Hurricane Development Region Sea Surface Temperature Update – August 2014

01 800px-North_Atlantic_Tropical_Cyclone_Climatology_by_Day_of_Year_GraphThe peak of the Atlantic Hurricane season is rapidly approaching.  See the NOAA Hurricane Climatology  graph to the right.  (Give it a click for a full-sized version.) Hurricane frequency tends to peak in mid-September.

In the May 2014 post Hurricane Development Region Sea Surface Temperature Anomalies as We Start the 2014 Season, we presented sea surface temperature anomalies for the Main Development Region (10N-20N, 80W-20W) and for the Gulf of Mexico (21N-31N, 98W-81W) in 3 formats: (1) monthly long-term (1854 to present), (2) monthly satellite-era (1981 to present) and (3) weekly satellite-era (1990 to present).  In this post, we’ll only update the weekly data, and we’ll add the data for the Caribbean (10N-20N, 84W-60W) and the Extratropical Eastern Coastal Waters of the United States (24N-40N, 80W-70W). (A map showing where those regions are located is included as the final illustration.)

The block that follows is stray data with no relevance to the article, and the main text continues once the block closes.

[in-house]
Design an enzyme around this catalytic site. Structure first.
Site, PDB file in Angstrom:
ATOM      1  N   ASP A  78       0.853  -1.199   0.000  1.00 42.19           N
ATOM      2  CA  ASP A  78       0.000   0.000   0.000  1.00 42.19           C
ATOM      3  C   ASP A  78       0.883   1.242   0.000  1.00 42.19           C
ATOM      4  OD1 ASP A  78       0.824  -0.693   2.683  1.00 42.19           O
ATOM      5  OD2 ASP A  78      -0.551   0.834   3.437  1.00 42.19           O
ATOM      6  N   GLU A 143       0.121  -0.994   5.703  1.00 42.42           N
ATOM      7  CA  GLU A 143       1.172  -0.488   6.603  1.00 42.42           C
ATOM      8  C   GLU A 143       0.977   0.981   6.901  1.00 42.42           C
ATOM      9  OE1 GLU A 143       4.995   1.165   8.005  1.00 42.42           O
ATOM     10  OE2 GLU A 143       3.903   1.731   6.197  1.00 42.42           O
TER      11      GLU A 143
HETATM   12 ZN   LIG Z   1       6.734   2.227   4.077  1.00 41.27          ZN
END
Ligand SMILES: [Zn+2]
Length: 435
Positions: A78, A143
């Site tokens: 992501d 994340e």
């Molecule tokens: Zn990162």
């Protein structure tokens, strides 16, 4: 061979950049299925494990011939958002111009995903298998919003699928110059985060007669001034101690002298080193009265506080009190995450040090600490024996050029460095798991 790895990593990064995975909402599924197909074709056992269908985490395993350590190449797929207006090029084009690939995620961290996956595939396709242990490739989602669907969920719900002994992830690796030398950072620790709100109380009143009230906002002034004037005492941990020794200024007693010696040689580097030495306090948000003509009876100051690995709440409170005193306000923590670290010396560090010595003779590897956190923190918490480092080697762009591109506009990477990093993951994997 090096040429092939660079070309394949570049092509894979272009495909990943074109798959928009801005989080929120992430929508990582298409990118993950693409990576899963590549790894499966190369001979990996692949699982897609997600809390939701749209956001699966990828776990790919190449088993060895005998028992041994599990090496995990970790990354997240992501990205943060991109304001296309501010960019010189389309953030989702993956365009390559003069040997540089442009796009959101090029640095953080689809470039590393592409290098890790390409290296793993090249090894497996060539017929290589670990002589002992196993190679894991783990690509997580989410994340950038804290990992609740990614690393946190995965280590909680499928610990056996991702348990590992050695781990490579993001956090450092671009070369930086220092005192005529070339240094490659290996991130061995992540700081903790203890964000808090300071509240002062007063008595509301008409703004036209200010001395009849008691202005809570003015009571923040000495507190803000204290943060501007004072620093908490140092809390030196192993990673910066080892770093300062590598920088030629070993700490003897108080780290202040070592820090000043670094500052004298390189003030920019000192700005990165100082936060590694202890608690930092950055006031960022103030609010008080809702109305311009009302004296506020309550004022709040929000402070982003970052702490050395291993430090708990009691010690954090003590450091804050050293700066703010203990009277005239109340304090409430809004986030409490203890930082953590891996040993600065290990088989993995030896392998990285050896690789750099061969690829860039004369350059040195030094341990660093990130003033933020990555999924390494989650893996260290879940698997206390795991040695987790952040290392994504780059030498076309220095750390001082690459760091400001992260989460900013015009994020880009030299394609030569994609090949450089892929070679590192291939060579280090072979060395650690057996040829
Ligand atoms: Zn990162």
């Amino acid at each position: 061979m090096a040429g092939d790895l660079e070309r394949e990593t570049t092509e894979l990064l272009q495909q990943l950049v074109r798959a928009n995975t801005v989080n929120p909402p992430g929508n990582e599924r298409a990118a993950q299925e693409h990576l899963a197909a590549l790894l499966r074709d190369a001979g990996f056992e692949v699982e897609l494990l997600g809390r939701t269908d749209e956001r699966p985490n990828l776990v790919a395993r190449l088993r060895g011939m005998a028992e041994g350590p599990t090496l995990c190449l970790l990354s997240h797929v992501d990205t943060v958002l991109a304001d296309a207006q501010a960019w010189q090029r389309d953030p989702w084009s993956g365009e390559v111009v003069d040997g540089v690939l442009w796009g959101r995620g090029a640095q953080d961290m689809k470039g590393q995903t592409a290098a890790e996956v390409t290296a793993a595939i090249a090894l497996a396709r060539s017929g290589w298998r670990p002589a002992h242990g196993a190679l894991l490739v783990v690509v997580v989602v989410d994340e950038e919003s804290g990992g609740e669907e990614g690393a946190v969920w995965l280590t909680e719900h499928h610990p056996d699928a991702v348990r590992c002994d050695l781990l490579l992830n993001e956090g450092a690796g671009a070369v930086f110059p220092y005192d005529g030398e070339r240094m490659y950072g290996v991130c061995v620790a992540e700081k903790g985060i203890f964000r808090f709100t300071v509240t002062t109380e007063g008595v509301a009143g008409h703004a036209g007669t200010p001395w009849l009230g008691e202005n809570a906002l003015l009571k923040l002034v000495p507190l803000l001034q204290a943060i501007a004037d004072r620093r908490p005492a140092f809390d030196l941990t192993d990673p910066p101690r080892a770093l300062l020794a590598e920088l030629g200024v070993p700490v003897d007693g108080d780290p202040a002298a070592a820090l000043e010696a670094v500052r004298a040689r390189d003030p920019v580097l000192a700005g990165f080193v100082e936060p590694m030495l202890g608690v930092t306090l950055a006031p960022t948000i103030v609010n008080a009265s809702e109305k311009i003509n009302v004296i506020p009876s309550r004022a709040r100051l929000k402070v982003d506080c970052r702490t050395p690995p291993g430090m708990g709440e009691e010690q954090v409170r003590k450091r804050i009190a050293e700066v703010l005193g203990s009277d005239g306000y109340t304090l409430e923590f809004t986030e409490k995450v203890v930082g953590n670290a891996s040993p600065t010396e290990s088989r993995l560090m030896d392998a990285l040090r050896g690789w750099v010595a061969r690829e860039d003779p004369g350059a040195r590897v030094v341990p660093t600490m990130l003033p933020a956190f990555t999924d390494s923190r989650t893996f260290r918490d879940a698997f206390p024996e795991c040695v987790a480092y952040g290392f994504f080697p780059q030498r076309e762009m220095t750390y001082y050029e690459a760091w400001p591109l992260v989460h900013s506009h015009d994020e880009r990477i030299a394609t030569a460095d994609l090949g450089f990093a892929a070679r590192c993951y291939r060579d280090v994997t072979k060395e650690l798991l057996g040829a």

First, before we look at the anomaly data, I don’t believe I’ve ever presented how the sea surface temperatures for those regions normally vary throughout a year.

Figure 2 presents the average monthly sea surface temperatures, over the course of a year, for the base period of 1971 to 2000, which is the base period used by NOAA for its Reynolds OI.v2 dataset.  In other words, they are the reference temperatures—the “normals”—from which anomalies are calculated.  Sea surface temperatures (not anomalies) for the Main Development Region and the Caribbean normally peak in September and October. And the surface temperatures of the Gulf of Mexico and the Extratropical Eastern Coastal Waters of the United States normally peak in August.

02 Hurricane Region SST Climatology

Figure 2